Microhabitat partitioning can also occur on seasonal time-scales. For example, biologgers revealed that female loggerhead turtles seek out warm water areas to accelerate egg development (Fossette et al., 2012). During winter, collar-mounted temperature loggers have been used to investigate the use of nests and burrows as refugia from cold temperatures and harsh winds in red squirrels (Tamiasciurus hudsonicus; Studd et al., 2016) and opossums (Didelphis virginiana; Kanda et al., 2005). In female polar bears, biologgers were used to both identify incidences of reproductive denning and characterize the microhabitats and substrates preferred by bears for denning, the availability of which may be altered by climate change and human development (Olson et al., 2017). The continued miniaturization of biologgers will open new avenues of research. For example, while nest cavity microclimate variation is known to be an important determinant of nestling growth and survival (Catry et al., 2011; Campobello et al., 2017), biologging may prove useful in understanding how micro-climate influences adult physiology and incubation/provisioning behaviors or nestling post-fledging behavior/survival (e.g., Nord and Nilsson, 2011).

A Note of Caution

Despite the power and potential of biologging for monitoring responses to climatic variability/change, serious consideration must be given to its potential to alter the physiological and/or behavioral parameters being measured, or negatively affect the survival and reproductive output of the tagged individual (White et al., 2013; Bodey et al., 2018). Careful consideration must be given to the size, mass, shape, buoyancy, and attachment method of the device, balancing the ecological insight that is provided with the potential deleterious effects (Wilson et al., 2015). Further, researchers need to weigh the benefits of using minimally-invasive external attachment approaches with the potential reduction in negative effects that can be achieved through implantation (Bodey et al., 2018).

Conclusion and Future Directions

Biologging is broadly useful for investigating individual, population, and species responses to global climate change, including changes in the frequency of extreme climatic events. Although by no means an exhaustive review, the studies of phenology, thermal biology, and microhabitat selection that we discuss illustrate how biologging approaches can be used to uncover both physiological and behavioral responses to climate change. In cases where longitudinal data are not yet available, biologging studies have already made important contributions to the field by linking environmental variation to alterations in physiology and behavior, which facilitates predictions of climate change response. We caution, however, that predictions may fail if they are based solely on the direct effects of climate variability on individual species, as fitness is strongly influenced by interactions between species (Gilman et al., 2010).

We propose that biologging can contribute further to the field by addressing knowledge gaps and providing new methodological approaches. Research opportunities include (1) connecting biologged behavioral and physiological responses to fitness outcomes, (2) quantifying variation in behavioral and physiological responses across individuals, populations, and species for use in predictive models of plastic and evolutionary responses to climate change, and (3) increasing the use of biologgers in field-based experiments to determine the physiological mechanisms that underlie observed responses to climate variation. With the increasing miniaturization of biologgers, deployment in an ever-growing breadth of taxa, and maturation of longitudinal biologging datasets, we predict that biologging will continue to influence the study of global climate change.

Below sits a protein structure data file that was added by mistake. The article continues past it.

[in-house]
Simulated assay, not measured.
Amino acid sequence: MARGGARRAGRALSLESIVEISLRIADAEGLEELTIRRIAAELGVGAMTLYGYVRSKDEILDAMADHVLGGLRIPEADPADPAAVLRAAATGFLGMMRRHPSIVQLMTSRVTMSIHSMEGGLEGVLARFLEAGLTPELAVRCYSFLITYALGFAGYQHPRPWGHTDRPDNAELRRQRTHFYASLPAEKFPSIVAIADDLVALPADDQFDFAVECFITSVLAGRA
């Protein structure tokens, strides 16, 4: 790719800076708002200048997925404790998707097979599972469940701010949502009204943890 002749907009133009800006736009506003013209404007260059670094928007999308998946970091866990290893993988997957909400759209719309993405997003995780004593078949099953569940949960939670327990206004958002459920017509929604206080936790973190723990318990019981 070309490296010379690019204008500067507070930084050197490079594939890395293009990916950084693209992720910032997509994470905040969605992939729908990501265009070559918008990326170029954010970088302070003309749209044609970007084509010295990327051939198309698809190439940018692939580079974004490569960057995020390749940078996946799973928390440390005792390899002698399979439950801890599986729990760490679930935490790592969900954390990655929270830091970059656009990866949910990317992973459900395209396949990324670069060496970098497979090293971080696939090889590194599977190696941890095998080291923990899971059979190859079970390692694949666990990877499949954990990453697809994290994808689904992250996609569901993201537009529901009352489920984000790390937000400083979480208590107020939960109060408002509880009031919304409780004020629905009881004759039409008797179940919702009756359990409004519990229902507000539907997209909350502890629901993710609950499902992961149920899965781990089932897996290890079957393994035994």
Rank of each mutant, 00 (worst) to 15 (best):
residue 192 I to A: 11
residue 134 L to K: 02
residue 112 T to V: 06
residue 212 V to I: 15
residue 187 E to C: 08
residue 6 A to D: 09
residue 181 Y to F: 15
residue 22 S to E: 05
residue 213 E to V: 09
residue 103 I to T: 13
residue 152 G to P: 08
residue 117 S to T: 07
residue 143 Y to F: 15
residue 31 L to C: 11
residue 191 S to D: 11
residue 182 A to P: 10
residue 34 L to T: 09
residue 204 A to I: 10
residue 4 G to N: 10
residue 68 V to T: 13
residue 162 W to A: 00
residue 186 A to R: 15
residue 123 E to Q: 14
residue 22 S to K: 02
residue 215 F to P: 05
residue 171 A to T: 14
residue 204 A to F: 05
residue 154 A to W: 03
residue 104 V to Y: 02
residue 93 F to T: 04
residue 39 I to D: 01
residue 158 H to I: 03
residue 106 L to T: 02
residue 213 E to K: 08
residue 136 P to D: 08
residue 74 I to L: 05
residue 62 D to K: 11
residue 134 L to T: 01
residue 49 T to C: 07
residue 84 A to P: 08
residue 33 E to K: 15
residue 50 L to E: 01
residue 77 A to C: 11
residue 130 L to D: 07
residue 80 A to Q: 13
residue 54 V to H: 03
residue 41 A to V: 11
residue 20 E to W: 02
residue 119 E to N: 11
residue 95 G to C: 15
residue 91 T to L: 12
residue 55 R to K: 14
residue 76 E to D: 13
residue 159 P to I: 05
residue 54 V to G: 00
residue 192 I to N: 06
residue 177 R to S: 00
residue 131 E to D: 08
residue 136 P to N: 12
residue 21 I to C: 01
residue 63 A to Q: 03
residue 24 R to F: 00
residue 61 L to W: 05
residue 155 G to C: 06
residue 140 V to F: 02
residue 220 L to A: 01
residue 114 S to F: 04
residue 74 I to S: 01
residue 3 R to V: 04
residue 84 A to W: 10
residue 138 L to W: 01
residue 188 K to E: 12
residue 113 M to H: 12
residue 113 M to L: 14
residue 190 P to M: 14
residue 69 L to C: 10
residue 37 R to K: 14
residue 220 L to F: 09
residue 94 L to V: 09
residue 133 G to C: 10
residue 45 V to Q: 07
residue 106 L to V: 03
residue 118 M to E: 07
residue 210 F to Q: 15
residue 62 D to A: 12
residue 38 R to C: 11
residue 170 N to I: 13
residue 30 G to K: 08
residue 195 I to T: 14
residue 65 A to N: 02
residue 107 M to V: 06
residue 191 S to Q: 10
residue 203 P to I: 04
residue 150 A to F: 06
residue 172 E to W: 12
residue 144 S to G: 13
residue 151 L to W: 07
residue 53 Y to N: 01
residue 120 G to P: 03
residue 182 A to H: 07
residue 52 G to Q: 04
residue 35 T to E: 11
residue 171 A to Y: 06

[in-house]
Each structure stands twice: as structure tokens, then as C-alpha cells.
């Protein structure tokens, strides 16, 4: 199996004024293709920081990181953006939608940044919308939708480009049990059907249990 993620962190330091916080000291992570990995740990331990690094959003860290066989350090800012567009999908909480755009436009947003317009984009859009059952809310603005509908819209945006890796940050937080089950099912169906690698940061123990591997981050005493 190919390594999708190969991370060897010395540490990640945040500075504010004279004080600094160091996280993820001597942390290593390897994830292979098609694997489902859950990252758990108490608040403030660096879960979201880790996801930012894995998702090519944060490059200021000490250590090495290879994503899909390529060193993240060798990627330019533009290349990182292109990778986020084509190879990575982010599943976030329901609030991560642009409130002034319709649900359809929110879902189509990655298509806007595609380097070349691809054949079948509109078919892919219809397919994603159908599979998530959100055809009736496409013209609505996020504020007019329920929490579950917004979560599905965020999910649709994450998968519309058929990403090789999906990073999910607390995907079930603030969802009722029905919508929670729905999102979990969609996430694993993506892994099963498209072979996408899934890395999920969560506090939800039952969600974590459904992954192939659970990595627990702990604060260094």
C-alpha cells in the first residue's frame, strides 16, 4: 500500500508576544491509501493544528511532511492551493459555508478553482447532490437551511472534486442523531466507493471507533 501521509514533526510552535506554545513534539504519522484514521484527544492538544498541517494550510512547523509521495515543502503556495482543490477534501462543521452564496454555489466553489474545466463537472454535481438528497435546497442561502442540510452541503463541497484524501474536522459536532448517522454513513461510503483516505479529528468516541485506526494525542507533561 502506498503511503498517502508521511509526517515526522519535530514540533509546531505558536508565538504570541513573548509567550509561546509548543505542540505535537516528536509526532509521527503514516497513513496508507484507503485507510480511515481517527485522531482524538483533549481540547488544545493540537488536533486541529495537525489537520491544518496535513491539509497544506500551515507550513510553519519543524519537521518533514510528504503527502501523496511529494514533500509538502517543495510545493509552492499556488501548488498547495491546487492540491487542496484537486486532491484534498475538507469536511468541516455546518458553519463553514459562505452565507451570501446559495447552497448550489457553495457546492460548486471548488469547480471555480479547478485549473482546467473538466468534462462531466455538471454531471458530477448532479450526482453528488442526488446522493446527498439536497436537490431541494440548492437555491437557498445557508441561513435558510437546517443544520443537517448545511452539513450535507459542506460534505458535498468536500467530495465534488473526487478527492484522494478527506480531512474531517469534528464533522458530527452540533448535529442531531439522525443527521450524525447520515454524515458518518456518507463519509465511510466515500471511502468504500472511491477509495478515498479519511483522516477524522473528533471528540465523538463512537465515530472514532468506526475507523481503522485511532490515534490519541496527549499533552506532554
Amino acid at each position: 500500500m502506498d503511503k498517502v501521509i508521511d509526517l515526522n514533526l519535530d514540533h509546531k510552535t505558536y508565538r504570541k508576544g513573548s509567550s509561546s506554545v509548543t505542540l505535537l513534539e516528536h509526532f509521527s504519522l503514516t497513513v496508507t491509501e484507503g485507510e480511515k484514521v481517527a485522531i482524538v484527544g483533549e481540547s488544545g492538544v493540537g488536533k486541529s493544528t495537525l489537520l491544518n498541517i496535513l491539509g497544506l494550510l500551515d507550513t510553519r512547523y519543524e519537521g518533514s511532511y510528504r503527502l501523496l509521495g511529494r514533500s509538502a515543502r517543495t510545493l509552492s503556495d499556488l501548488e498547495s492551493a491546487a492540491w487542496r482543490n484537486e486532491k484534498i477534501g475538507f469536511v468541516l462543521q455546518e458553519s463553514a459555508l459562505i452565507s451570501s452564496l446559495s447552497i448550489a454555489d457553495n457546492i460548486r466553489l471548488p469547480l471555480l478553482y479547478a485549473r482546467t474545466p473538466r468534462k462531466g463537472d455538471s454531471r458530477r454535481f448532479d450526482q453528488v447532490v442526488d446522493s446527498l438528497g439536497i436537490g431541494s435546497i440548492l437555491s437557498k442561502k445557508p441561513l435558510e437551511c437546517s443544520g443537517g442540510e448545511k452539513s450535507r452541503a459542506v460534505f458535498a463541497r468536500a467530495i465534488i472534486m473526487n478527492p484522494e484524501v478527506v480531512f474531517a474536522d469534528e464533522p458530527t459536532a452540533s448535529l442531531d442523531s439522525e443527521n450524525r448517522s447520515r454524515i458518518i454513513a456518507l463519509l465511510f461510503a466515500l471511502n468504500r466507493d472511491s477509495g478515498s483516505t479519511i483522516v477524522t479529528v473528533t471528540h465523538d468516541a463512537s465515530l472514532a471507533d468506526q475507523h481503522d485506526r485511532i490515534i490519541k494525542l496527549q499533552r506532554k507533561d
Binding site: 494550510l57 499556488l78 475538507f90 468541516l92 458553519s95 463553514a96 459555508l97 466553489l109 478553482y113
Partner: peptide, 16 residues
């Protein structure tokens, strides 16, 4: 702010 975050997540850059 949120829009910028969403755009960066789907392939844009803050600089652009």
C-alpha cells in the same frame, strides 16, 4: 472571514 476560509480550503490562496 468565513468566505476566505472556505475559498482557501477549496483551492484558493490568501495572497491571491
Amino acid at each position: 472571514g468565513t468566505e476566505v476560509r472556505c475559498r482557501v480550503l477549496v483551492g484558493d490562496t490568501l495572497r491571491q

Author Contributions

All authors contributed to the review through development of ideas, drafting of initial text, and providing feedback for revisions. HC coordinated revisions amongst authors and prepared figures and CW initiated the project.

Conflict of Interest Statement

The authors declare that the research was conducted in the absence of any commercial or financial relationships that could be construed as a potential conflict of interest.

Acknowledgments

CW acknowledges funding from the National Science Foundation grant (IOS-1558056). HC acknowledges salary support from the UC Davis Animal Behavior Graduate Group and an Institutional Development Award (IDeA) from the National Institute of General Medical Sciences of the National Institutes of Health under grant number P20GM103395. The content is solely the responsibility of the authors and does not necessarily reflect the official views of the NIH or NSF.

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Keywords: phenology, microhabitat selection, thermal biology, biologger, climate change

Citation: Chmura HE, Glass TW and Williams CT (2018) Biologging Physiological and Ecological Responses to Climatic Variation: New Tools for the Climate Change Era. Front. Ecol. Evol. 6:92. doi: 10.3389/fevo.2018.00092

Received: 19 December 2017; Accepted: 11 June 2018;
Published: 03 July 2018.

Edited by:

Thomas Wassmer, Siena Heights University, United States

Reviewed by:

Daniela Campobello, Università degli Studi di Palermo, Italy
Simon Verhulst, University of Groningen, Netherlands
Graeme Clive Hays, Deakin University, Australia

Copyright © 2018 Chmura, Glass and Williams. This is an open-access article distributed under the terms of the Creative Commons Attribution License (CC BY). The use, distribution or reproduction in other forums is permitted, provided the original author(s) and the copyright owner(s) are credited and that the original publication in this journal is cited, in accordance with accepted academic practice. No use, distribution or reproduction is permitted which does not comply with these terms.

*Correspondence: Cory T. Williams, ctwilliams@alaska.edu